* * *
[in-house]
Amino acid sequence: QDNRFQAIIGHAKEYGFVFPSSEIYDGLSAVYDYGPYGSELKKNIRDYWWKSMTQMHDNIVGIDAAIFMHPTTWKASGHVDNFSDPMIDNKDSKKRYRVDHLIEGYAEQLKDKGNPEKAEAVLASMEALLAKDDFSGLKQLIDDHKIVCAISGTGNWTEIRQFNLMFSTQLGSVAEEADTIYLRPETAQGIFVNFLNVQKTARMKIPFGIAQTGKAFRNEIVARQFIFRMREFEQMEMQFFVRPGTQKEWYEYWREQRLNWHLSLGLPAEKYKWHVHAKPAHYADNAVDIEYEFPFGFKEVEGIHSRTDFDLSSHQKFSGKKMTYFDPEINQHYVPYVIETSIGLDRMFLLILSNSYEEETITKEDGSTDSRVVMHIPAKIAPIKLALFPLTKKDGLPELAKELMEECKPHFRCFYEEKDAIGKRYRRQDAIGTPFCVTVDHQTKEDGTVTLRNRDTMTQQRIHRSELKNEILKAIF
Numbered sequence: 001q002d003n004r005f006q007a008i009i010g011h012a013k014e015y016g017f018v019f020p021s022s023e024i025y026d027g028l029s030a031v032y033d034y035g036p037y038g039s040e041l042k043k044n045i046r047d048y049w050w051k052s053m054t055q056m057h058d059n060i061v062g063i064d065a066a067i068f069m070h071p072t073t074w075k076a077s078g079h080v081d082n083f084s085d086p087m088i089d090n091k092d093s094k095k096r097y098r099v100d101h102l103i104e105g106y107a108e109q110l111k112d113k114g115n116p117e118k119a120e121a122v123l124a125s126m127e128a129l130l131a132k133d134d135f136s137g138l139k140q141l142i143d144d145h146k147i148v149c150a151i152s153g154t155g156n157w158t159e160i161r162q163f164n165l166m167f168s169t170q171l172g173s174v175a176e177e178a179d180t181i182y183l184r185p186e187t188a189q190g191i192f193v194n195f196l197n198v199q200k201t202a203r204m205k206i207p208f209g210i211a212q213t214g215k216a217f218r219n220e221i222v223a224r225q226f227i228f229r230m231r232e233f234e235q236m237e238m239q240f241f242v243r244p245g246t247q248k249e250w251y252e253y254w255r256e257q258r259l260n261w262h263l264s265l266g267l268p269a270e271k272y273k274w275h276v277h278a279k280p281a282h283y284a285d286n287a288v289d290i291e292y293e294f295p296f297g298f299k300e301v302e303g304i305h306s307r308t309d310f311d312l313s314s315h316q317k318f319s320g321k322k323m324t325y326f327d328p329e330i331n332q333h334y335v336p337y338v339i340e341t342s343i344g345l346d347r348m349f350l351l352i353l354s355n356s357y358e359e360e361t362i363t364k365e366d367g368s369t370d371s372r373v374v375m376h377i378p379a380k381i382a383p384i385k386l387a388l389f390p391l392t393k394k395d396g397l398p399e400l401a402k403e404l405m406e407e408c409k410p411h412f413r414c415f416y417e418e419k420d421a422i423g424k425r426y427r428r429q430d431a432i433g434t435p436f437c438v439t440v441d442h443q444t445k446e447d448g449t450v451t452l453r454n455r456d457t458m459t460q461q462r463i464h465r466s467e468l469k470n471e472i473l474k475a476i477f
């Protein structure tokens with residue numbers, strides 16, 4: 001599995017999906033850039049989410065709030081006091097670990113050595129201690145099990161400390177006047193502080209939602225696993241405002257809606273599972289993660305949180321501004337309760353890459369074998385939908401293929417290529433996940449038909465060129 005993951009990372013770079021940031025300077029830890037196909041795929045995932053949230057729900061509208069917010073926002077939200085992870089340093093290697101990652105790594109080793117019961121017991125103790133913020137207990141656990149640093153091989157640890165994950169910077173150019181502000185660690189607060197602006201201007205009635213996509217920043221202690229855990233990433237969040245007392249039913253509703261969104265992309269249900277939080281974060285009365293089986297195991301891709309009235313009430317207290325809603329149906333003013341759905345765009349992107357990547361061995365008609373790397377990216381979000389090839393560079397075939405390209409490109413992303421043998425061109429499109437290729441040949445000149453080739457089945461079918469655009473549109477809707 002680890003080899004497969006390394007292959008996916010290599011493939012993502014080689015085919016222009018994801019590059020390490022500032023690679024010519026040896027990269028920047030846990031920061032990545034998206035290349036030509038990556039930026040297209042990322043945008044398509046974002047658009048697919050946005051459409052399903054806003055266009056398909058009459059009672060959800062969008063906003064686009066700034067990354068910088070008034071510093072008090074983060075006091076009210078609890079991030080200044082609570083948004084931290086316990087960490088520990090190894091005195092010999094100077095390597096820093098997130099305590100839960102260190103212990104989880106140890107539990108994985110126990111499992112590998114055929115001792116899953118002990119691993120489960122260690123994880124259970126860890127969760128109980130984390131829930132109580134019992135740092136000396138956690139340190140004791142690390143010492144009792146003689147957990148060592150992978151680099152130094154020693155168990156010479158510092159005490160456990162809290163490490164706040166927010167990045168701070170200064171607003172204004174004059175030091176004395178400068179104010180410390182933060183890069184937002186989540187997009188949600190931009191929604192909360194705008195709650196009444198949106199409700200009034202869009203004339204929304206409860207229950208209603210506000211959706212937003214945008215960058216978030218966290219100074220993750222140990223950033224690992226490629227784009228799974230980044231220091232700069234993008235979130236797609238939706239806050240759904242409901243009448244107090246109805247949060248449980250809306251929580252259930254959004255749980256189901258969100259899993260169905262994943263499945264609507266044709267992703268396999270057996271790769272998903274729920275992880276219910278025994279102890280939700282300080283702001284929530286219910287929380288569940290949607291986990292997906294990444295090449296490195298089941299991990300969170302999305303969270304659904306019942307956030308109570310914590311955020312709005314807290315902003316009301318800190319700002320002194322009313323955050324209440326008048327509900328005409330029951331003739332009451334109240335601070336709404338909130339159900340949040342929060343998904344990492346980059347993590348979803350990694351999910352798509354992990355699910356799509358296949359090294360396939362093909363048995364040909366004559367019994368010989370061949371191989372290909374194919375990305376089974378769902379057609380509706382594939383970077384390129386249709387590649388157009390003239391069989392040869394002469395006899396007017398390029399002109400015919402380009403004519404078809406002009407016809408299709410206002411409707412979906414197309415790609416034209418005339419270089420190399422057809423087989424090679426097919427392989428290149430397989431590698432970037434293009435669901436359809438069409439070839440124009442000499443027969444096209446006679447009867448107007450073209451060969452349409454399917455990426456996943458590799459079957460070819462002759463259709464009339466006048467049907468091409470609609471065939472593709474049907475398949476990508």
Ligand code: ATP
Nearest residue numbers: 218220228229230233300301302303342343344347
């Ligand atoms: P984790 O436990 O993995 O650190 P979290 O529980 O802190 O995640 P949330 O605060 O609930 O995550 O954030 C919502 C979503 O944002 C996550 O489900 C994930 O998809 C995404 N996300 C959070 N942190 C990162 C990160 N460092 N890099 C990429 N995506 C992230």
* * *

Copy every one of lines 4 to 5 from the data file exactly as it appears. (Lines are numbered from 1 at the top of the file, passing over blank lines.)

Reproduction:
């Protein structure tokens with residue numbers, strides 16, 4: 001599995017999906033850039049989410065709030081006091097670990113050595129201690145099990161400390177006047193502080209939602225696993241405002257809606273599972289993660305949180321501004337309760353890459369074998385939908401293929417290529433996940449038909465060129 005993951009990372013770079021940031025300077029830890037196909041795929045995932053949230057729900061509208069917010073926002077939200085992870089340093093290697101990652105790594109080793117019961121017991125103790133913020137207990141656990149640093153091989157640890165994950169910077173150019181502000185660690189607060197602006201201007205009635213996509217920043221202690229855990233990433237969040245007392249039913253509703261969104265992309269249900277939080281974060285009365293089986297195991301891709309009235313009430317207290325809603329149906333003013341759905345765009349992107357990547361061995365008609373790397377990216381979000389090839393560079397075939405390209409490109413992303421043998425061109429499109437290729441040949445000149453080739457089945461079918469655009473549109477809707 002680890003080899004497969006390394007292959008996916010290599011493939012993502014080689015085919016222009018994801019590059020390490022500032023690679024010519026040896027990269028920047030846990031920061032990545034998206035290349036030509038990556039930026040297209042990322043945008044398509046974002047658009048697919050946005051459409052399903054806003055266009056398909058009459059009672060959800062969008063906003064686009066700034067990354068910088070008034071510093072008090074983060075006091076009210078609890079991030080200044082609570083948004084931290086316990087960490088520990090190894091005195092010999094100077095390597096820093098997130099305590100839960102260190103212990104989880106140890107539990108994985110126990111499992112590998114055929115001792116899953118002990119691993120489960122260690123994880124259970126860890127969760128109980130984390131829930132109580134019992135740092136000396138956690139340190140004791142690390143010492144009792146003689147957990148060592150992978151680099152130094154020693155168990156010479158510092159005490160456990162809290163490490164706040166927010167990045168701070170200064171607003172204004174004059175030091176004395178400068179104010180410390182933060183890069184937002186989540187997009188949600190931009191929604192909360194705008195709650196009444198949106199409700200009034202869009203004339204929304206409860207229950208209603210506000211959706212937003214945008215960058216978030218966290219100074220993750222140990223950033224690992226490629227784009228799974230980044231220091232700069234993008235979130236797609238939706239806050240759904242409901243009448244107090246109805247949060248449980250809306251929580252259930254959004255749980256189901258969100259899993260169905262994943263499945264609507266044709267992703268396999270057996271790769272998903274729920275992880276219910278025994279102890280939700282300080283702001284929530286219910287929380288569940290949607291986990292997906294990444295090449296490195298089941299991990300969170302999305303969270304659904306019942307956030308109570310914590311955020312709005314807290315902003316009301318800190319700002320002194322009313323955050324209440326008048327509900328005409330029951331003739332009451334109240335601070336709404338909130339159900340949040342929060343998904344990492346980059347993590348979803350990694351999910352798509354992990355699910356799509358296949359090294360396939362093909363048995364040909366004559367019994368010989370061949371191989372290909374194919375990305376089974378769902379057609380509706382594939383970077384390129386249709387590649388157009390003239391069989392040869394002469395006899396007017398390029399002109400015919402380009403004519404078809406002009407016809408299709410206002411409707412979906414197309415790609416034209418005339419270089420190399422057809423087989424090679426097919427392989428290149430397989431590698432970037434293009435669901436359809438069409439070839440124009442000499443027969444096209446006679447009867448107007450073209451060969452349409454399917455990426456996943458590799459079957460070819462002759463259709464009339466006048467049907468091409470609609471065939472593709474049907475398949476990508």
Ligand code: ATP